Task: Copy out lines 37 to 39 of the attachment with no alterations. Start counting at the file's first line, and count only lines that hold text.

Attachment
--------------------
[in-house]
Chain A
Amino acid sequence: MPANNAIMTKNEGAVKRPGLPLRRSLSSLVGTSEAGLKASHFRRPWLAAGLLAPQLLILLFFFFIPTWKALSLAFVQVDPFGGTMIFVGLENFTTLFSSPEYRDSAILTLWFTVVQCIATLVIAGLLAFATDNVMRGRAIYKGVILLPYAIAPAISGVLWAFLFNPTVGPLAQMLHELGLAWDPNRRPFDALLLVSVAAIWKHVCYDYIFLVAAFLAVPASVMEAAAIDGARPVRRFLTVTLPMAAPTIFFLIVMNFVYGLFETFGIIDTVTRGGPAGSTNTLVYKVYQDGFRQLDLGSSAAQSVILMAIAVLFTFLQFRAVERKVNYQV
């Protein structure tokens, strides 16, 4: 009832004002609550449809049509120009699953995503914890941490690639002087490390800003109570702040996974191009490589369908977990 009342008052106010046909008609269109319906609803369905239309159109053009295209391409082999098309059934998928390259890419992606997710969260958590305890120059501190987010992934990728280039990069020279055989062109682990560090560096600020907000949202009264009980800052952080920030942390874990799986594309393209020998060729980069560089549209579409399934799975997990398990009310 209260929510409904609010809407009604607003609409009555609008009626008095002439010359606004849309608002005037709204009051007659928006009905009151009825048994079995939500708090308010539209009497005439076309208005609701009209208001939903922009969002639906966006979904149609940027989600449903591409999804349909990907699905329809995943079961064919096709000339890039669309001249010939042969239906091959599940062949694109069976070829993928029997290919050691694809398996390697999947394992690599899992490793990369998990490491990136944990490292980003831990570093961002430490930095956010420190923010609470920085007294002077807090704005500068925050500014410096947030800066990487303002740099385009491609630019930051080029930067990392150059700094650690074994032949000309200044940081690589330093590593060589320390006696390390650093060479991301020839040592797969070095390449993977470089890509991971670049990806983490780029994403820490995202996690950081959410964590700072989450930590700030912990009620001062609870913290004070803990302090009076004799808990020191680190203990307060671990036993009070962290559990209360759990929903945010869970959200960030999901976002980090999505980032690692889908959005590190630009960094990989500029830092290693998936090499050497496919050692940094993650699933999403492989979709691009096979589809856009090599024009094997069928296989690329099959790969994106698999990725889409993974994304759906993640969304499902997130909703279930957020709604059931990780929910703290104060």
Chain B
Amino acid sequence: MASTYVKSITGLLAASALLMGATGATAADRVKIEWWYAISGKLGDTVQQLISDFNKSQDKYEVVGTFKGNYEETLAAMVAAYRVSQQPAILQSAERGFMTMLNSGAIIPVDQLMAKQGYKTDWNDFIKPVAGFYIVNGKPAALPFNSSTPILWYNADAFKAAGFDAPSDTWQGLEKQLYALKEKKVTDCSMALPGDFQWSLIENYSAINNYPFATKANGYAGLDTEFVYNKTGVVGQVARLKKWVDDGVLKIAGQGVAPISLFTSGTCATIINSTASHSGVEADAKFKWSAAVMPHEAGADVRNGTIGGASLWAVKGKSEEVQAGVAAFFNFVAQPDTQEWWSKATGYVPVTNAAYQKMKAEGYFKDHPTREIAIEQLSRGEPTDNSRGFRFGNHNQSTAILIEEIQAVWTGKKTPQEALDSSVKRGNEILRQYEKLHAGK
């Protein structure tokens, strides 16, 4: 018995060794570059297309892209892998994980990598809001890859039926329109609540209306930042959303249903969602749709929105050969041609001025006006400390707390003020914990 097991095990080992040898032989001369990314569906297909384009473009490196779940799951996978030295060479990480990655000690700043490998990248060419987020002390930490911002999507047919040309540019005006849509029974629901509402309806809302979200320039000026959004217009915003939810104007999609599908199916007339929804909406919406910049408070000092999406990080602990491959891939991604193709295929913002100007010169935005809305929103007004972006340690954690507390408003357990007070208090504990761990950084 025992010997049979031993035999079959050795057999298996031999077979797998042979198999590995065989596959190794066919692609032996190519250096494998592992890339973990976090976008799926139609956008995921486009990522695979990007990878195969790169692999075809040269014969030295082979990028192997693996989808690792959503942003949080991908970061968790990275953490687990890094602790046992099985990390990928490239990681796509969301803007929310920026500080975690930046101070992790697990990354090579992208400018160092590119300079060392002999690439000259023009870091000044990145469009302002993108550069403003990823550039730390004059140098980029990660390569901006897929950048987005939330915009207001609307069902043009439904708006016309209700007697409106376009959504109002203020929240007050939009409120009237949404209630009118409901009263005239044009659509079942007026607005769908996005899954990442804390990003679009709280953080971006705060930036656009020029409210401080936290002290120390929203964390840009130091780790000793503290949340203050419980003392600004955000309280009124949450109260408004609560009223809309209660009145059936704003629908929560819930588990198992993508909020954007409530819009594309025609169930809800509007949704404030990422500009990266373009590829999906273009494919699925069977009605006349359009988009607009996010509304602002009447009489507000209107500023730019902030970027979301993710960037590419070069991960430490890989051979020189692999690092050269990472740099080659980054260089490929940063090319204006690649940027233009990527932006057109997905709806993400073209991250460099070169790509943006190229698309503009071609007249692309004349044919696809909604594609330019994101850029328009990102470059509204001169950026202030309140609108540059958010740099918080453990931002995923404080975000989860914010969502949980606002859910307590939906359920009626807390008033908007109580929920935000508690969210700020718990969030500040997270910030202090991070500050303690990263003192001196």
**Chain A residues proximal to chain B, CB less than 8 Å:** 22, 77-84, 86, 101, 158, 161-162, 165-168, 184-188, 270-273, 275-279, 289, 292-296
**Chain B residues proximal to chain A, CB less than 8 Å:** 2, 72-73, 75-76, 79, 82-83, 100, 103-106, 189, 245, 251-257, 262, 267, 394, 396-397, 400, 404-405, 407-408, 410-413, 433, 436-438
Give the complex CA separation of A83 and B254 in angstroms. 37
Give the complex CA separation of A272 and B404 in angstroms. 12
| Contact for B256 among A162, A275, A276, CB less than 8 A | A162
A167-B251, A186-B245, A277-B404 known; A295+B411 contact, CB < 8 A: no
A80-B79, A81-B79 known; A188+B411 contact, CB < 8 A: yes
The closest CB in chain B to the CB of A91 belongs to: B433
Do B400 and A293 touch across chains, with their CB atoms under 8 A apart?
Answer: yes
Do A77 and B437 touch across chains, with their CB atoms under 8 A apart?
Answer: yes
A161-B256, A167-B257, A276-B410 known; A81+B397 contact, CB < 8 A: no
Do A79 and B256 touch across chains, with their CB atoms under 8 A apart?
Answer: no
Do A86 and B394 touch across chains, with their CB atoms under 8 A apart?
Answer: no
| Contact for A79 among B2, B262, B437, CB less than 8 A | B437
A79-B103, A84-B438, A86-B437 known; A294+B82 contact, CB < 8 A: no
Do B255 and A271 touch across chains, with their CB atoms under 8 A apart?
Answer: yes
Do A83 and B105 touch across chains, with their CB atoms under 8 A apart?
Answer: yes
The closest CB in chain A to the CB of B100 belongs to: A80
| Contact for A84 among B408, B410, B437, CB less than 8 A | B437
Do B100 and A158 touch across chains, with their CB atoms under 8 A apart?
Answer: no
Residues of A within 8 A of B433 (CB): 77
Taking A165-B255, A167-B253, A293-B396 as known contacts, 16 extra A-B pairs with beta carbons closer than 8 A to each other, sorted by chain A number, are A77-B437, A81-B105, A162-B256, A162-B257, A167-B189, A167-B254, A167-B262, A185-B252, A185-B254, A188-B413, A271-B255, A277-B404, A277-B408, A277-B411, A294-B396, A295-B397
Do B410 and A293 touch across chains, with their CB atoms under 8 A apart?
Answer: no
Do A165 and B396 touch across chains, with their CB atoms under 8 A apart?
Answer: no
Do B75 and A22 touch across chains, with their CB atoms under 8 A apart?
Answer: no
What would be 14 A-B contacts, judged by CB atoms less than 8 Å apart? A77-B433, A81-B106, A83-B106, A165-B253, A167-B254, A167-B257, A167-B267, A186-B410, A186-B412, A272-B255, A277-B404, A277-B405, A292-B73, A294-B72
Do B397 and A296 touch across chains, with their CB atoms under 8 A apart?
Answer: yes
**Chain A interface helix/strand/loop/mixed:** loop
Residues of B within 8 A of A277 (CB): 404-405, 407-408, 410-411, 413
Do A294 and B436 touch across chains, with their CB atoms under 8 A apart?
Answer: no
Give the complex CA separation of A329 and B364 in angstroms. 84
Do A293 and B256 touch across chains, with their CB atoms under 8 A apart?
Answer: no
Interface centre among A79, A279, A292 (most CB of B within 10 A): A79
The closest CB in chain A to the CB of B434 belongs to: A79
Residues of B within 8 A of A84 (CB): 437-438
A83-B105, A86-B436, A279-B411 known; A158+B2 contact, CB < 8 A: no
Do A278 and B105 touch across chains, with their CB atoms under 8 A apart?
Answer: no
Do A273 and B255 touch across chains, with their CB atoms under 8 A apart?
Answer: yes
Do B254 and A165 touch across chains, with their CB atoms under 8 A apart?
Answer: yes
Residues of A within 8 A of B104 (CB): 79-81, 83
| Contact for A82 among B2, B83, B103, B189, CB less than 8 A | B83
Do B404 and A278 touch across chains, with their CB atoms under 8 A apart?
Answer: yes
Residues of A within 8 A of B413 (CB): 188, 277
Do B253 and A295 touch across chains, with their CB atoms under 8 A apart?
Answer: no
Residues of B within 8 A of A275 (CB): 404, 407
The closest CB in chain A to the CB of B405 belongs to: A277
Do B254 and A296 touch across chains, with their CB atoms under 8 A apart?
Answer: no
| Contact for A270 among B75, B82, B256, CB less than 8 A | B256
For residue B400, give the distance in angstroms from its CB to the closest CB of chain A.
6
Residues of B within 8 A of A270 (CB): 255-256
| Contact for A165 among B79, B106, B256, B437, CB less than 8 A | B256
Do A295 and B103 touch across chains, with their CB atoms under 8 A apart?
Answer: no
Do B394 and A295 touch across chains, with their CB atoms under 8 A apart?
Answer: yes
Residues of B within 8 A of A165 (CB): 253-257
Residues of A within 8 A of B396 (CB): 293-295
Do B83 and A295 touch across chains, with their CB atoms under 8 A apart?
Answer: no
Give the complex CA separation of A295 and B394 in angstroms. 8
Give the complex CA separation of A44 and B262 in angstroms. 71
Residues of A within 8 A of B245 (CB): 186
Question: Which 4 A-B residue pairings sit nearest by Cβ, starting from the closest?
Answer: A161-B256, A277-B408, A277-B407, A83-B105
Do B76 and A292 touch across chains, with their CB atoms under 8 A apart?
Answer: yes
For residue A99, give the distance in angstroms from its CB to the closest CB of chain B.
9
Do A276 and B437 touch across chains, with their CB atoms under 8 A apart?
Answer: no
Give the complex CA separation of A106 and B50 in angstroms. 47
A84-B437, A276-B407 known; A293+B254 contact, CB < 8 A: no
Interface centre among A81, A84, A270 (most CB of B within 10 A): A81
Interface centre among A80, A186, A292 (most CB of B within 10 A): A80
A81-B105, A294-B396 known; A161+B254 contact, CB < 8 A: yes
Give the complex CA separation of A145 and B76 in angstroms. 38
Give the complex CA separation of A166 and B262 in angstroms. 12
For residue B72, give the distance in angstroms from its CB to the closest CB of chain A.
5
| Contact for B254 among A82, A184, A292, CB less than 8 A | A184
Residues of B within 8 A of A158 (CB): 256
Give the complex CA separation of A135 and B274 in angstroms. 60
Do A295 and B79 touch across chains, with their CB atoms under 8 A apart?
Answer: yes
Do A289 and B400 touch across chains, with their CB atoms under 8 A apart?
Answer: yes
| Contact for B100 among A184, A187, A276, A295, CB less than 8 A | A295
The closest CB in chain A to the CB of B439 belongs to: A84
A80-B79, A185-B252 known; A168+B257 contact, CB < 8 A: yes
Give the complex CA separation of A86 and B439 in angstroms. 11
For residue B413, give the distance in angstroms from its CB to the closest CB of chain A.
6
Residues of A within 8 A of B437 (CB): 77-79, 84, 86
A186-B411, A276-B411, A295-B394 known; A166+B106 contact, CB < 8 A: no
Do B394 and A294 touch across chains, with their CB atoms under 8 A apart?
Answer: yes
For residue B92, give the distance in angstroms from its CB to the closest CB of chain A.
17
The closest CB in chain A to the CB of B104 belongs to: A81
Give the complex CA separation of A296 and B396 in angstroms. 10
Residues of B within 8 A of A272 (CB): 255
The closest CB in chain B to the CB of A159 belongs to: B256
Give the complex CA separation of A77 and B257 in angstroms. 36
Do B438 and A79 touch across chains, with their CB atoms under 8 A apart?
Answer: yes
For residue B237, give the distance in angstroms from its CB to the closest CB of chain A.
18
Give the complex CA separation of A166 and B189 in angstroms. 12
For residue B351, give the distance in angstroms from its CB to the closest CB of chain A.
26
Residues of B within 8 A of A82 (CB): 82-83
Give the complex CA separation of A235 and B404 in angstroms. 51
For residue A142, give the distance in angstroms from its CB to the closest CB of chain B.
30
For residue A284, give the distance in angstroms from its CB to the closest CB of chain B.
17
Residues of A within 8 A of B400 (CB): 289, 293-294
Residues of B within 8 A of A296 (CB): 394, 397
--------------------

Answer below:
Do B410 and A293 touch across chains, with their CB atoms under 8 A apart?
Answer: no
Do A165 and B396 touch across chains, with their CB atoms under 8 A apart?